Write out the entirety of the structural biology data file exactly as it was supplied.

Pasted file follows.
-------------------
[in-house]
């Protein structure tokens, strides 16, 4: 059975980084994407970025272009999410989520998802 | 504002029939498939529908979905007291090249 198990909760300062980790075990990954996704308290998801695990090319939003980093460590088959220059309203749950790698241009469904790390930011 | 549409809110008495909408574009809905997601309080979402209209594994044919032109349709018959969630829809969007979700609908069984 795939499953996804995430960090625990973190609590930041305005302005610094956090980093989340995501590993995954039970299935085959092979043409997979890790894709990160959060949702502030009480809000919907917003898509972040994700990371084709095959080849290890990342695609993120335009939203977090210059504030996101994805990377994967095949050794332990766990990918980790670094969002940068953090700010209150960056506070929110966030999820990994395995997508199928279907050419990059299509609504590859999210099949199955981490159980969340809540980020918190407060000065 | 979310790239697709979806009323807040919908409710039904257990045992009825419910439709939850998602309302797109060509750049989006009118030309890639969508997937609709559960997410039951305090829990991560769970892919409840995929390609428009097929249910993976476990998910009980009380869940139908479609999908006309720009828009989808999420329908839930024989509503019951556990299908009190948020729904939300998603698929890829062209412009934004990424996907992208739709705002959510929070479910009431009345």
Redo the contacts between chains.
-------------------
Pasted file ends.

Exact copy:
[in-house]
């Protein structure tokens, strides 16, 4: 059975980084994407970025272009999410989520998802 | 504002029939498939529908979905007291090249 198990909760300062980790075990990954996704308290998801695990090319939003980093460590088959220059309203749950790698241009469904790390930011 | 549409809110008495909408574009809905997601309080979402209209594994044919032109349709018959969630829809969007979700609908069984 795939499953996804995430960090625990973190609590930041305005302005610094956090980093989340995501590993995954039970299935085959092979043409997979890790894709990160959060949702502030009480809000919907917003898509972040994700990371084709095959080849290890990342695609993120335009939203977090210059504030996101994805990377994967095949050794332990766990990918980790670094969002940068953090700010209150960056506070929110966030999820990994395995997508199928279907050419990059299509609504590859999210099949199955981490159980969340809540980020918190407060000065 | 979310790239697709979806009323807040919908409710039904257990045992009825419910439709939850998602309302797109060509750049989006009118030309890639969508997937609709559960997410039951305090829990991560769970892919409840995929390609428009097929249910993976476990998910009980009380869940139908479609999908006309720009828009989808999420329908839930024989509503019951556990299908009190948020729904939300998603698929890829062209412009934004990424996907992208739709705002959510929070479910009431009345």
Redo the contacts between chains.